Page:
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Interior Lighting Using Standard Lights

This lesson will give you a better understanding of the principles associated with CG lighting while also providing some valuable tips and tricks for a faster and more efficient work flow. Moreover the techniques taught in this lesson can be applied to any 3D program used in the industry.

 01          This lesson will go through the different tips and tricks that we require to light up an interior scene according to a day lit scenario. Open up the 'Interior Room Lighting Begin.max' file which we are going to light up using the standard lights in 3DS Max. Before lighting up any scene we have to take certain decisions in our scene like where are we going to have the main source of light coming from and which regions in our scene are going to act as secondary light sources.

02          In this current scene we are having a really big window on the right side of the scene which can act as the key light source of the scene i.e. the light coming from the direct sunlight. We can have the secondary lights coming into the scene from the other windows and doors on the right which can be the light coming from the day lit outside environment. We will have to figure out the amount of bounce lights and fill lights coming out of the walls and furniture and will need to replicate the effect in some way by just using the standard lights.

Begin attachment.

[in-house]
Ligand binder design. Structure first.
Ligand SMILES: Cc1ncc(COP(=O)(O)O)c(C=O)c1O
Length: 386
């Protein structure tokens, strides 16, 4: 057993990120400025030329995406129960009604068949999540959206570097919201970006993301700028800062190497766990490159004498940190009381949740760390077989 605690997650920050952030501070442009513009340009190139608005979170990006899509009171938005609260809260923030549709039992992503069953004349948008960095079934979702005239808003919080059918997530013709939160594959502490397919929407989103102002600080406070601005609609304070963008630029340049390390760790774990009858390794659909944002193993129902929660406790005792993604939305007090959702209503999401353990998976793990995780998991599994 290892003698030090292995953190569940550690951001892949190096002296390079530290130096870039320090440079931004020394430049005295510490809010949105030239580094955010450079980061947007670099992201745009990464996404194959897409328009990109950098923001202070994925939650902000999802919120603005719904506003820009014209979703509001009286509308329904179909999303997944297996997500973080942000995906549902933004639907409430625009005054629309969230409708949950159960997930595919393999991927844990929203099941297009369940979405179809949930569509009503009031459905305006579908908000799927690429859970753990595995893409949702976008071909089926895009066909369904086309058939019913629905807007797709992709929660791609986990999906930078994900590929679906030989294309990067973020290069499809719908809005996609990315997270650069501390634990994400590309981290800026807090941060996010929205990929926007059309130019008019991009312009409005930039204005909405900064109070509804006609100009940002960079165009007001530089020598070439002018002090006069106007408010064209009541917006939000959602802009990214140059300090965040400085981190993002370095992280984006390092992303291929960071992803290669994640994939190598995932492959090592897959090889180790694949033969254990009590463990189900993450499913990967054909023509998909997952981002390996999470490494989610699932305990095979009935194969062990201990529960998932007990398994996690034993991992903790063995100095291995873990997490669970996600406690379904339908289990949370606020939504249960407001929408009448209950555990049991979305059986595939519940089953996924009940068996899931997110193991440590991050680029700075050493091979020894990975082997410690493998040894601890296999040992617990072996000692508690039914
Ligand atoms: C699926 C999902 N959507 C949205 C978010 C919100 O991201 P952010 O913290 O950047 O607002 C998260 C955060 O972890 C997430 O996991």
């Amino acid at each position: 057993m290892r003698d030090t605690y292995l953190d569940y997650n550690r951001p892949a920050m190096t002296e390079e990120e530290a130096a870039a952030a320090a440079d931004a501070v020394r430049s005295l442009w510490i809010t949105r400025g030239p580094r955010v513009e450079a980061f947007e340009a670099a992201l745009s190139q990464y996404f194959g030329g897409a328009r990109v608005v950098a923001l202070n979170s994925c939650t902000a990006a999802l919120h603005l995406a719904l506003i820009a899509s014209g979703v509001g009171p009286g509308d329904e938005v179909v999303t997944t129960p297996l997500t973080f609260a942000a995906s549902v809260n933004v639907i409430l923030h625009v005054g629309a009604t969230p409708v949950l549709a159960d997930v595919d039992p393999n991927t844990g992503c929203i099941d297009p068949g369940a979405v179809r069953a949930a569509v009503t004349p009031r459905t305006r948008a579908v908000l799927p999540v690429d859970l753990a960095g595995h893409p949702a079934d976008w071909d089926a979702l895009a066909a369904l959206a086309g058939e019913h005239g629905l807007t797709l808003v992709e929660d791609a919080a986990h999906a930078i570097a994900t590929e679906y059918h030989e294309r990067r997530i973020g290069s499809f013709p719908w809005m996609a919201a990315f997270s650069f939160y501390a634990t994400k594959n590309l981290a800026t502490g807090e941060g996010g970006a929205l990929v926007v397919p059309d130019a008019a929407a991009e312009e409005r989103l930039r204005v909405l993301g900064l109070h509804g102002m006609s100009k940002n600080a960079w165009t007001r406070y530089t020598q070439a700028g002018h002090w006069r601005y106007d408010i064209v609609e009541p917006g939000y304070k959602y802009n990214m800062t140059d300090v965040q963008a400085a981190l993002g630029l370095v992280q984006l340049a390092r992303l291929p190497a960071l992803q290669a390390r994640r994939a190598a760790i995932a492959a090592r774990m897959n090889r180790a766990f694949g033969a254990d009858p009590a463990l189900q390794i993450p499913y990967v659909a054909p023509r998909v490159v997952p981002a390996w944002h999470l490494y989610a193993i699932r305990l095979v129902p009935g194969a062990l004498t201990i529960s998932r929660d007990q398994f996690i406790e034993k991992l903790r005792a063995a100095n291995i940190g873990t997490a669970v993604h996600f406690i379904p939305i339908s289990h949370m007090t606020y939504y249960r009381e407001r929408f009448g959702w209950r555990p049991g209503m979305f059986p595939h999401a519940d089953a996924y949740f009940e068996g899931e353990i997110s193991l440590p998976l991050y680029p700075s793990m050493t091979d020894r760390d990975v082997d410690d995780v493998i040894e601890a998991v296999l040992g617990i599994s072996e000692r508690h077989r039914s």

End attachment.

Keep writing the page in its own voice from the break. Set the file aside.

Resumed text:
03          We will start lighting up our scene by placing a key light i.e. a Target Direct Light just outside the window on the right while placing its target in the center of the room through the window. Switch to 'Front' view-port and move the light up on the 'Z' axis. Bring down its 'Hotspot/Beam' and 'Falloff/Field' value to '38' and '55' respectively while renaming it to 'DFX_Key_Light'. From the 'Intensity/Color/Attenuation' parameters change its color to a light shade of yellow while increasing the 'Multiplier' to '1.5'.

04          Turn on the 'Cast Shadows' option while choosing 'Shadow Map' as the method of calculating the shadows. From the 'Shadow Map Params' increase the 'Size' and 'Sample Range' to '8192' and '10' respectively. After setting up the Key Light in our scene we are now ready to setup the Fill Lights which will define the light bouncing from the four walls of the room. From the top view-port create a free direct in the scene with the name 'DFX_Fill_Light_01' and place it parallel to a wall with its direction into the room.